Cath and Wren are identical twins and until recently they did absolutely everything together. Now they're off to university and Wren's decided she doesn't want to be one half of a pair any more - she wants to dance, meet boys, go to parties and let loose. It's not so easy for Cath. She would rather bury herself in the fanfiction she writes where there's romance far more intense than anything she's experienced in real life.
Now Cath has to decide whether she's ready to open her heart to new people and new experiences, and she's realizing that there's more to learn about love than she ever thought possible....
Fangirl has everything. Love, disaster, family problems, heartache and heartbreak and even a series of books about magic, a series of books inside a novel.
This book completely caught me by surprise, not just because of how much I loved it, but because of how intricate, in depth and relatable it was.
I fell in love with Cath, the main character, during the first two pages of the book. She had me at the line where she describes her anxiety as ‘black static behind her eyes and an extra heart in her throat’. This resonated quite strongly with me and I was instantly intrigued by the first of many incredible similes that Rowell uses throughout this novel.
And the more I read about Cath, and the more inside her head I got, the more I loved her.
Yes, one of the reasons I find Cath so relatable is the fact that I’m a 19 year old girl, just finished her first year of university who loves books and fanfiction. But I don’t feel as though this character is only relatable to people in her situation. The author creates such insight into her head, that I feel, even readers who are different than Cath in every possible way, would find her relatable and understandable.
It also really interested me that I felt this way about a book that was written in third person narration.
I am a huge fan of all books written in first person, as most, if not all, of my favourite books are written this way. I need to find myself able to feel as though I am the character, to understand them that thoroughly that I can anticipate how they will feel about and react to situations before they happen. In a way to almost be transformed into the character as I read the book.
It surprised and impressed me greatly that I got this feeling whilst reading Fangirl.
I really think that one thing that makes Cath so relatable and understandable is Simon Snow, a book series created by Rainbow Rowell within this book that Cath is obsessed with and writes fanfiction for. It is emphasised throughout the book that Cath uses Simon and Baz as a way to escape what’s going on in her own life.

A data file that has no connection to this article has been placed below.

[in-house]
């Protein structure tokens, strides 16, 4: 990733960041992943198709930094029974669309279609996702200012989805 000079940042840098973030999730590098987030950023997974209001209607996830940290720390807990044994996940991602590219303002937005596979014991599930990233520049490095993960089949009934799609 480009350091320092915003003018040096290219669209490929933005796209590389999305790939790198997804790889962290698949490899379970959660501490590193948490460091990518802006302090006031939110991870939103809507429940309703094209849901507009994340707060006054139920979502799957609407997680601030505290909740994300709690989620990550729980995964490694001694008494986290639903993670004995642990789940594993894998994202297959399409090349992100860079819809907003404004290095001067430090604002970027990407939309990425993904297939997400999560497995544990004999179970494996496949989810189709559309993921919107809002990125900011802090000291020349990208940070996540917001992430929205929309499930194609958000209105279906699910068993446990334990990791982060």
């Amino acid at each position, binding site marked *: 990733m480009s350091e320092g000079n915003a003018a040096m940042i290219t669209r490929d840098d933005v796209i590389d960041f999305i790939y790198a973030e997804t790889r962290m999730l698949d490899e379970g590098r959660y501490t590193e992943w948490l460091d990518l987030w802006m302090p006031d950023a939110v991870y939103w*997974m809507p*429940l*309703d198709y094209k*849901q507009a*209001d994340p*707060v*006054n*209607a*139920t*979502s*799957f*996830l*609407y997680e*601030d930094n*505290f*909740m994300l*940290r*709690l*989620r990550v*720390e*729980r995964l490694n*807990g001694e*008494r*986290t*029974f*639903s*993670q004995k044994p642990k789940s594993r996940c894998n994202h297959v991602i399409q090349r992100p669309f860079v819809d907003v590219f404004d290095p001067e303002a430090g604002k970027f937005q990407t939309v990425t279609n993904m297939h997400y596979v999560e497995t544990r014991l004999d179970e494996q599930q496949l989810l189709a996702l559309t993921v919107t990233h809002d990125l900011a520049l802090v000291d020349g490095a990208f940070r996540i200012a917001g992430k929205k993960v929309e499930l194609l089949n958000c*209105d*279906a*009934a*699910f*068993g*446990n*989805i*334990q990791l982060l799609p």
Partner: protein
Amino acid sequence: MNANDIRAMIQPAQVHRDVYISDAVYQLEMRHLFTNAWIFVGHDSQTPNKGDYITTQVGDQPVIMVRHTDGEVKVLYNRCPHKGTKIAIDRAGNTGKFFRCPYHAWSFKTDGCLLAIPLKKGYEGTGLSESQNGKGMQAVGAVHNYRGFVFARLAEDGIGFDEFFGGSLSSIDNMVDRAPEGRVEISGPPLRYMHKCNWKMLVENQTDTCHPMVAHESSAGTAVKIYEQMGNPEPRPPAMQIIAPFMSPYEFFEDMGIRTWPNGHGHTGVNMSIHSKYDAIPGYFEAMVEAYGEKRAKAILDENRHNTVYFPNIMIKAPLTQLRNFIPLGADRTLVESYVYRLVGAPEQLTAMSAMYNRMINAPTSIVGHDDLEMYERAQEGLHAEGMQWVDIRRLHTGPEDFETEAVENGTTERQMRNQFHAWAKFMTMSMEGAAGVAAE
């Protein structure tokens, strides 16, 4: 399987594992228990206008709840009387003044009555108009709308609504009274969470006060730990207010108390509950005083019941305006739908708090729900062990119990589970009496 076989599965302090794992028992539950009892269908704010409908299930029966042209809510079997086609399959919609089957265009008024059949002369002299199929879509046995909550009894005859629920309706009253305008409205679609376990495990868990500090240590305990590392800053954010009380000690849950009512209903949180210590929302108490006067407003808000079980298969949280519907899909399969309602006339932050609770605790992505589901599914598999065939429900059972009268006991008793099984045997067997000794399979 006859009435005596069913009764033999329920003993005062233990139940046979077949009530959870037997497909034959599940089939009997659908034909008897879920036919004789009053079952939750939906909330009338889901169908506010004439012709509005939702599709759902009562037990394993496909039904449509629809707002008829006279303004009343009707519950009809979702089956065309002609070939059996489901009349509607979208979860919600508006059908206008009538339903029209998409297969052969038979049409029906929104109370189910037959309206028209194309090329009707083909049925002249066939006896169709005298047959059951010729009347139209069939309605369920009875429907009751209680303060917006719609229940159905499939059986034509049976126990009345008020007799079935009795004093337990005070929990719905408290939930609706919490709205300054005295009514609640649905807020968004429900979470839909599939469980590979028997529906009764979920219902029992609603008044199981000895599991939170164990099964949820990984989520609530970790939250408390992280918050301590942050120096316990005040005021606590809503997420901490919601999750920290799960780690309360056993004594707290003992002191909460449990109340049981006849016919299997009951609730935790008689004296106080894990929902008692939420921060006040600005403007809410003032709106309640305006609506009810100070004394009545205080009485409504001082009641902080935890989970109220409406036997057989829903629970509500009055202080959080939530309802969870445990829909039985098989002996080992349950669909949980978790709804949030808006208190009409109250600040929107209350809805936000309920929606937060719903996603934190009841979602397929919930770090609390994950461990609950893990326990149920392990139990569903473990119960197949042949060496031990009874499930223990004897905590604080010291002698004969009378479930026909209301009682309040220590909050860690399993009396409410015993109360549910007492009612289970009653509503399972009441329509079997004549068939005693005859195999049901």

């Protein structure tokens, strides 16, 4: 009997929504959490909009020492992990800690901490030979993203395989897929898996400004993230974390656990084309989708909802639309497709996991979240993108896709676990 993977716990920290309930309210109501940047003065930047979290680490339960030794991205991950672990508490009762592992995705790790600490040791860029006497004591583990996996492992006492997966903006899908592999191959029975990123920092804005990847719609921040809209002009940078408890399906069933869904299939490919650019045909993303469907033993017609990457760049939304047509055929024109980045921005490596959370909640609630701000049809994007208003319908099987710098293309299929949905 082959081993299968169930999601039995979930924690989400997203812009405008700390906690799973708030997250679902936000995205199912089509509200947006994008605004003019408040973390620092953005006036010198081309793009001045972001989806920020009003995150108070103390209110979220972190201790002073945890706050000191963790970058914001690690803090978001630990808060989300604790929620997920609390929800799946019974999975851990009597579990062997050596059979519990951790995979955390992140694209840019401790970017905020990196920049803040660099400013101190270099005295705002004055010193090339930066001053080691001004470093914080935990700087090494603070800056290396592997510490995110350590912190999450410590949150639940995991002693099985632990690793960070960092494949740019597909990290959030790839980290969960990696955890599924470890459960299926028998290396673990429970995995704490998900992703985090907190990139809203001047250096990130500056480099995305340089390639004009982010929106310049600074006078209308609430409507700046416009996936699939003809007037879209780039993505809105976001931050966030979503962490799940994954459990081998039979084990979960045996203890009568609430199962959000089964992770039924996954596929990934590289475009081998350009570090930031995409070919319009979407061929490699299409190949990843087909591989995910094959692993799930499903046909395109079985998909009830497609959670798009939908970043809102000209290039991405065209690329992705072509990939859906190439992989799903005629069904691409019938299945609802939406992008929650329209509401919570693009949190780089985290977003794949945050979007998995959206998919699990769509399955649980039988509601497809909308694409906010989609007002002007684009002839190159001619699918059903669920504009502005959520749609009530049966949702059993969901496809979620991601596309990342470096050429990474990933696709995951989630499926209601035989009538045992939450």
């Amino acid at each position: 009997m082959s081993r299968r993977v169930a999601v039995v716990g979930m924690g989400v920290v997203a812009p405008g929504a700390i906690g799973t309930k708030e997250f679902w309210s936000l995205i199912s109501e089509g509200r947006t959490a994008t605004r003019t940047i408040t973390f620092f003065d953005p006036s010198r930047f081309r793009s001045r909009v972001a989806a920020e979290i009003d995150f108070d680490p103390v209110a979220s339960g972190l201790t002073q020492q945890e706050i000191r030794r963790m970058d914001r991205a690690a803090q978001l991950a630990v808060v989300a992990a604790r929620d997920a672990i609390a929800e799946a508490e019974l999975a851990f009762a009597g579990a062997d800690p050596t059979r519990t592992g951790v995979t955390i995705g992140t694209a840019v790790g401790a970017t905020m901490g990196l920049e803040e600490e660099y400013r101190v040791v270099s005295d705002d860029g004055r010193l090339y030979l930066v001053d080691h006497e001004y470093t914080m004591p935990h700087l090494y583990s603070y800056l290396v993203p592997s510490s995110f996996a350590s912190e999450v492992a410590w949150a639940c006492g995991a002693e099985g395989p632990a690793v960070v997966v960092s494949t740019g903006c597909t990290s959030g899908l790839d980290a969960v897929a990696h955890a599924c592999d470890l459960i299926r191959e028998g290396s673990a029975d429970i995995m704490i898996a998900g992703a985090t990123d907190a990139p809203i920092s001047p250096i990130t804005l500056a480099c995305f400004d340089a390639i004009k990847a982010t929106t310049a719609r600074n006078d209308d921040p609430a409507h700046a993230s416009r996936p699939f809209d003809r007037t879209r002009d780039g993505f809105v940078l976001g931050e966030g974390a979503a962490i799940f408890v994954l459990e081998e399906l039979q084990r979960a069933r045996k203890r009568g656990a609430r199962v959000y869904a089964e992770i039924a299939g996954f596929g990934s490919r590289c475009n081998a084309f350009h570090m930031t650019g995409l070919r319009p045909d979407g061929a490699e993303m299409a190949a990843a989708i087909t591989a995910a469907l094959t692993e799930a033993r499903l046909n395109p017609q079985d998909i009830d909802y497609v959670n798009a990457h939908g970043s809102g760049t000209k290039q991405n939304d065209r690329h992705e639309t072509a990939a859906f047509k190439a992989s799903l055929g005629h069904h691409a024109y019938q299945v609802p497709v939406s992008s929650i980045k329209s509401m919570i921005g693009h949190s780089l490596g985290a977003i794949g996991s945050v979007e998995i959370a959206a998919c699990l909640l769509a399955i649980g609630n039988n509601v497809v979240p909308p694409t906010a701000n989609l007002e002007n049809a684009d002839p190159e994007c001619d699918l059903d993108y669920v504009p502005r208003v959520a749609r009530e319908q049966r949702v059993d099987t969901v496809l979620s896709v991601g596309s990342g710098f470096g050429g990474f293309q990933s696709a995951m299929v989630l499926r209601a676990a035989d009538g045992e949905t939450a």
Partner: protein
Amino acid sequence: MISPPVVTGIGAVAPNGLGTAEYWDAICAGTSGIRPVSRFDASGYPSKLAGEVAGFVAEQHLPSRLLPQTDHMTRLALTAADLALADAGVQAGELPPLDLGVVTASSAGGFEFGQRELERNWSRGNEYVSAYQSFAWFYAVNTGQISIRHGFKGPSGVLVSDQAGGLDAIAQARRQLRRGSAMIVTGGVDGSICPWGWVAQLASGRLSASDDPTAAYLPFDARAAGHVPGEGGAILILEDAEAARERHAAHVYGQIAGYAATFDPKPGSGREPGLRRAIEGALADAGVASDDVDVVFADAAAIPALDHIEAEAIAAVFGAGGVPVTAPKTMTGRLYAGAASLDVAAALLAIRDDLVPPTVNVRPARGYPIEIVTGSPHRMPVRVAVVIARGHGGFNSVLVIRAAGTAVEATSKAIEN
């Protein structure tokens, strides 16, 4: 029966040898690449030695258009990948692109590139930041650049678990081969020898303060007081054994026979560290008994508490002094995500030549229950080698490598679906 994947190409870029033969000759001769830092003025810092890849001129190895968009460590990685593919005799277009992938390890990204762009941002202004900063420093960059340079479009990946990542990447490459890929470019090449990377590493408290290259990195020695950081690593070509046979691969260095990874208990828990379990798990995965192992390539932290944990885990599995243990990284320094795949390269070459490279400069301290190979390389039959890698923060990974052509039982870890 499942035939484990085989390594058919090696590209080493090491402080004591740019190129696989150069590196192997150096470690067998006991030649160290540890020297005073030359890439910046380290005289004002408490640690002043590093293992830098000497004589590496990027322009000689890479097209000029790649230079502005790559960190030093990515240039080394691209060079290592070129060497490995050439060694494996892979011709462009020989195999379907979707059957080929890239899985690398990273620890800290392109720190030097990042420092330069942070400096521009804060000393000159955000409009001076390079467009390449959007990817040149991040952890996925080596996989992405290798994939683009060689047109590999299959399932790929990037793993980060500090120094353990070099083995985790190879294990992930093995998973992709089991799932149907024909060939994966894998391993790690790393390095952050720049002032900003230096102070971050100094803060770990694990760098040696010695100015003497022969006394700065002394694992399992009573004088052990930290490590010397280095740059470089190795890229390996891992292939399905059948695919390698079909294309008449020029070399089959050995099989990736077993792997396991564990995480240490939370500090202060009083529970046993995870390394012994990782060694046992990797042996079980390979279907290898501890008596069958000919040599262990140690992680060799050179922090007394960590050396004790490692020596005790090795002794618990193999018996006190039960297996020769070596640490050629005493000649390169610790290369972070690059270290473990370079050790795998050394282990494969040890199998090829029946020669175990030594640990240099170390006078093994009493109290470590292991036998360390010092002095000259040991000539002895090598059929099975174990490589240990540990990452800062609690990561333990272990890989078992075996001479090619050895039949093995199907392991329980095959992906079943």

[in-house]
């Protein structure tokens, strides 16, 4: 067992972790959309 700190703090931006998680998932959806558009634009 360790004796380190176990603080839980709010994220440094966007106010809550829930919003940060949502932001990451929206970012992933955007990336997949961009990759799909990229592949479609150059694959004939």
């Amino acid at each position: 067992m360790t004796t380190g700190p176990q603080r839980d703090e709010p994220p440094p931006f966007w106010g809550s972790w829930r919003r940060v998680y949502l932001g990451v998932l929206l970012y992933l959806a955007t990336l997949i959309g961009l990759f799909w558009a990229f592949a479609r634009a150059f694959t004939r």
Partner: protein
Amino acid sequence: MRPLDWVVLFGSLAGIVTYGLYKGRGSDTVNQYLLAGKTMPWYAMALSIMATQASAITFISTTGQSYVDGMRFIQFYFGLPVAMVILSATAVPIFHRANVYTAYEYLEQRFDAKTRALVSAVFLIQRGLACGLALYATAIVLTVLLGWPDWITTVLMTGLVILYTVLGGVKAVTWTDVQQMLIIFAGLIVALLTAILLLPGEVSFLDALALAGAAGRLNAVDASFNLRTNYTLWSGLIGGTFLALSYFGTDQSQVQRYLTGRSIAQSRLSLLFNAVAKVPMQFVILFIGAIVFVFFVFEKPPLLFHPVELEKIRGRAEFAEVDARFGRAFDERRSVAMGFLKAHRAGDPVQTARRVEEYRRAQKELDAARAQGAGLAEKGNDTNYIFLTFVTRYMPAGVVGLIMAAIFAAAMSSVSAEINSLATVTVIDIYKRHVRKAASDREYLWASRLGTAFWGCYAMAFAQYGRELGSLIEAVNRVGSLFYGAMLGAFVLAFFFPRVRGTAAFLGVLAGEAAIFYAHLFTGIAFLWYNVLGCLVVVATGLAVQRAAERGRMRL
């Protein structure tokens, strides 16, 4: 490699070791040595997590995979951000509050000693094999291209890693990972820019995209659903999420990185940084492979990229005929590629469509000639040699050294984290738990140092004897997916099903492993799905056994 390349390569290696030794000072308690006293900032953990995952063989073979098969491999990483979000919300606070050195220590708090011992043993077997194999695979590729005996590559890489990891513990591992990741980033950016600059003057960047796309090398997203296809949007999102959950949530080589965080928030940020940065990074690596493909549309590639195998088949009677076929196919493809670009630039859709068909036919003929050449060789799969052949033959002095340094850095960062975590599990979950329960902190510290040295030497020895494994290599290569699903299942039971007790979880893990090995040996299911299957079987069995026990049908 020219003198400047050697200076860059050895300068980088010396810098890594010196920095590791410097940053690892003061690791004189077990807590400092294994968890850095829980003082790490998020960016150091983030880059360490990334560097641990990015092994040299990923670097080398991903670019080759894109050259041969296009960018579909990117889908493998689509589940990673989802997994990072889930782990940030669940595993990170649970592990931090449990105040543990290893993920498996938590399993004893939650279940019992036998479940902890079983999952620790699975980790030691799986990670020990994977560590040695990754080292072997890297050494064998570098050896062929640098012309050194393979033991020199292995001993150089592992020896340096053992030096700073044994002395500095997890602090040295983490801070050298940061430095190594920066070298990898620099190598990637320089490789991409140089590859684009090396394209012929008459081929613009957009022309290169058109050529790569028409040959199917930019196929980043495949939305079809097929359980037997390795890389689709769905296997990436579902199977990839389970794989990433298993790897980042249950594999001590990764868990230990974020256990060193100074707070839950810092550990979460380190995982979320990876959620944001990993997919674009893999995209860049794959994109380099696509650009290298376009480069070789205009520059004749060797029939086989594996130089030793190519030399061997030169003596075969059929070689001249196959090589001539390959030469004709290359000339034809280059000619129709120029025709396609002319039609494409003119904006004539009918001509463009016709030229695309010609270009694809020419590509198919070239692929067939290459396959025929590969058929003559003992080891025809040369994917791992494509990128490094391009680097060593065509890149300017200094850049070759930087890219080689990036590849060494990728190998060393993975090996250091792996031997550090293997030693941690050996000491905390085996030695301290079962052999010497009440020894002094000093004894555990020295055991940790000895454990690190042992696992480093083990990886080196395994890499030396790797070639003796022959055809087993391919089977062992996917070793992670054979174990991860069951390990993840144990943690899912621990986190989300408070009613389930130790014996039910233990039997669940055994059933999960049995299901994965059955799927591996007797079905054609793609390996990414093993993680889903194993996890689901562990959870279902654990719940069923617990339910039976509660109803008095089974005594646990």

At he end of the each chapter of Fangirl, you will find an excerpt from either the Simon Snow books or Cath’s fanfiction. These excerpts parallel so strongly the events of Cath’s life. For example, at the end of the chapter when Cath meets her college roommate, Reagan, the Simon Snow page describes when Simon meets his roommate at Watford, Baz.
These can also emphasise what is on Cath’s mind, as she gets closer to the love interest, Levi, the majority of Simon Snow parts are about the love between Simon and Baz (in Cath’s fanfiction).
Like most young adult novels, Fangirl dealt with mainstream themes like independence, love, mental illness and family problems. But two things that set this novel apart for me was the use of a really independent, strong female character in Cath and the constant use of humour throughout the book. The way that Cath found it possible to find humour in most situations and to make fun of herself a lot of the time really added a more lighthearted and entertaining vibe to the story, as well as making the main character incredibly likeable.
And also, just because I feel like it should get special mention. I’m not sure if it’s in all of the copies because mine says that there’s bonus content, but the cute little cartoons of all of the characters at the start of the book made me so happy. It also made it way easier for me, who finds it quite difficult to imagine people, to have an image of each character in my head.
I would definitely recommend this novel to anyone that is a fan of John Green and/or David Levithan as the lighthearted, comedic and intricate story and character development is quite similar to books of theirs, with some similar themes as well.
I give Fangirl by Rainbow Rowell, 3.5 out of 5 stars.